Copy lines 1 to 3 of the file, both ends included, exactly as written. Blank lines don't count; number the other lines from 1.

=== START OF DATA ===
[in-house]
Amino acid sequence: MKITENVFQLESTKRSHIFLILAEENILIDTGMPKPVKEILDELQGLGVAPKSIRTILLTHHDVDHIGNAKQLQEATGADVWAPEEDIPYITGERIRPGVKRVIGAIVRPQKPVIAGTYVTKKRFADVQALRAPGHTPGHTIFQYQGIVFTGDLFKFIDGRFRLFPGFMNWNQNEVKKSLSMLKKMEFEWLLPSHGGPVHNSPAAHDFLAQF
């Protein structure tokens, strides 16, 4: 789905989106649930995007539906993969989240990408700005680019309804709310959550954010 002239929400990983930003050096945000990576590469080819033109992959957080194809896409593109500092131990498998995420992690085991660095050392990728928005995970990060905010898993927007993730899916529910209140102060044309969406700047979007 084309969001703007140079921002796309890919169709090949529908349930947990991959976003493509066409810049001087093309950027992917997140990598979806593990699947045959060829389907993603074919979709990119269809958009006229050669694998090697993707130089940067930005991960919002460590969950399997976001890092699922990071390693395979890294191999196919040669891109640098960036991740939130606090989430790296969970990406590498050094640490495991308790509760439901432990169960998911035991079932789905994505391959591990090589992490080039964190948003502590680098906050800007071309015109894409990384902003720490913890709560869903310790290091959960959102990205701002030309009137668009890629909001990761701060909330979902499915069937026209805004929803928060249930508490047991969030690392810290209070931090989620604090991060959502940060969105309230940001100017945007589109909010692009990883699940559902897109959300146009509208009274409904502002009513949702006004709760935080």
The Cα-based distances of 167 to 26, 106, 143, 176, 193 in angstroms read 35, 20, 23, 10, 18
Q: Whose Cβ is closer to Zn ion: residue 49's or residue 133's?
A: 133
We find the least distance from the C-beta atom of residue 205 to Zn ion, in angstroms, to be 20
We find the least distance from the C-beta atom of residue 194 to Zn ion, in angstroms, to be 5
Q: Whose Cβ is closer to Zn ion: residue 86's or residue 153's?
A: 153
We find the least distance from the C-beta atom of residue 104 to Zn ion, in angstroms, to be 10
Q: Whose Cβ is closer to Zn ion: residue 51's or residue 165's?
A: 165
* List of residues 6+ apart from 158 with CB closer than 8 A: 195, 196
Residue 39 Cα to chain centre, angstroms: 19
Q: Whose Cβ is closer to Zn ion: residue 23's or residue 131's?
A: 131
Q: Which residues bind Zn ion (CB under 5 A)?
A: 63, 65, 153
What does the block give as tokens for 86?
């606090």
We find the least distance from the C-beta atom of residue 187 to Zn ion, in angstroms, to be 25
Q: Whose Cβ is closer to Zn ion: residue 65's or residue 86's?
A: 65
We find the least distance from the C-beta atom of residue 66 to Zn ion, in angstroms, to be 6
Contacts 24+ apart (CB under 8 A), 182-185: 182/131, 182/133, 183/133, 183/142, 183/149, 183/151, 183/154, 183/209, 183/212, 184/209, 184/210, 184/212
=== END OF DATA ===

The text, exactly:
[in-house]
Amino acid sequence: MKITENVFQLESTKRSHIFLILAEENILIDTGMPKPVKEILDELQGLGVAPKSIRTILLTHHDVDHIGNAKQLQEATGADVWAPEEDIPYITGERIRPGVKRVIGAIVRPQKPVIAGTYVTKKRFADVQALRAPGHTPGHTIFQYQGIVFTGDLFKFIDGRFRLFPGFMNWNQNEVKKSLSMLKKMEFEWLLPSHGGPVHNSPAAHDFLAQF
């Protein structure tokens, strides 16, 4: 789905989106649930995007539906993969989240990408700005680019309804709310959550954010 002239929400990983930003050096945000990576590469080819033109992959957080194809896409593109500092131990498998995420992690085991660095050392990728928005995970990060905010898993927007993730899916529910209140102060044309969406700047979007 084309969001703007140079921002796309890919169709090949529908349930947990991959976003493509066409810049001087093309950027992917997140990598979806593990699947045959060829389907993603074919979709990119269809958009006229050669694998090697993707130089940067930005991960919002460590969950399997976001890092699922990071390693395979890294191999196919040669891109640098960036991740939130606090989430790296969970990406590498050094640490495991308790509760439901432990169960998911035991079932789905994505391959591990090589992490080039964190948003502590680098906050800007071309015109894409990384902003720490913890709560869903310790290091959960959102990205701002030309009137668009890629909001990761701060909330979902499915069937026209805004929803928060249930508490047991969030690392810290209070931090989620604090991060959502940060969105309230940001100017945007589109909010692009990883699940559902897109959300146009509208009274409904502002009513949702006004709760935080």